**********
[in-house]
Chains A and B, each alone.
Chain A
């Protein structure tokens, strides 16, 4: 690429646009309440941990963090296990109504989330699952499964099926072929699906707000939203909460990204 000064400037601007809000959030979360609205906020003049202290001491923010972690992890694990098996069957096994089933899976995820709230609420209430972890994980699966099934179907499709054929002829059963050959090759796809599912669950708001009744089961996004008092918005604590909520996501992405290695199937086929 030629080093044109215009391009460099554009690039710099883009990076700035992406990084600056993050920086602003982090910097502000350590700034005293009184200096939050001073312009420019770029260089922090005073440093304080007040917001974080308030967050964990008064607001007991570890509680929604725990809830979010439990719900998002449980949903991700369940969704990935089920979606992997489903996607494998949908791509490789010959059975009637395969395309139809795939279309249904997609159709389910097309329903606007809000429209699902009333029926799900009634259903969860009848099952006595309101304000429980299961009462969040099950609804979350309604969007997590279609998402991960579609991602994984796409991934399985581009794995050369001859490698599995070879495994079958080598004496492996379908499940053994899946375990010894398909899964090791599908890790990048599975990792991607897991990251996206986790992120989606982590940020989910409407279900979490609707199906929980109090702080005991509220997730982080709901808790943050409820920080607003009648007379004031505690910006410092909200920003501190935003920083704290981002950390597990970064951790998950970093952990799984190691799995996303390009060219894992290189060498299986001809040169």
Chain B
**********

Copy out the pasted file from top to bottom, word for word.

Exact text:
[in-house]
Chains A and B, each alone.
Chain A
């Protein structure tokens, strides 16, 4: 690429646009309440941990963090296990109504989330699952499964099926072929699906707000939203909460990204 000064400037601007809000959030979360609205906020003049202290001491923010972690992890694990098996069957096994089933899976995820709230609420209430972890994980699966099934179907499709054929002829059963050959090759796809599912669950708001009744089961996004008092918005604590909520996501992405290695199937086929 030629080093044109215009391009460099554009690039710099883009990076700035992406990084600056993050920086602003982090910097502000350590700034005293009184200096939050001073312009420019770029260089922090005073440093304080007040917001974080308030967050964990008064607001007991570890509680929604725990809830979010439990719900998002449980949903991700369940969704990935089920979606992997489903996607494998949908791509490789010959059975009637395969395309139809795939279309249904997609159709389910097309329903606007809000429209699902009333029926799900009634259903969860009848099952006595309101304000429980299961009462969040099950609804979350309604969007997590279609998402991960579609991602994984796409991934399985581009794995050369001859490698599995070879495994079958080598004496492996379908499940053994899946375990010894398909899964090791599908890790990048599975990792991607897991990251996206986790992120989606982590940020989910409407279900979490609707199906929980109090702080005991509220997730982080709901808790943050409820920080607003009648007379004031505690910006410092909200920003501190935003920083704290981002950390597990970064951790998950970093952990799984190691799995996303390009060219894992290189060498299986001809040169």
Chain B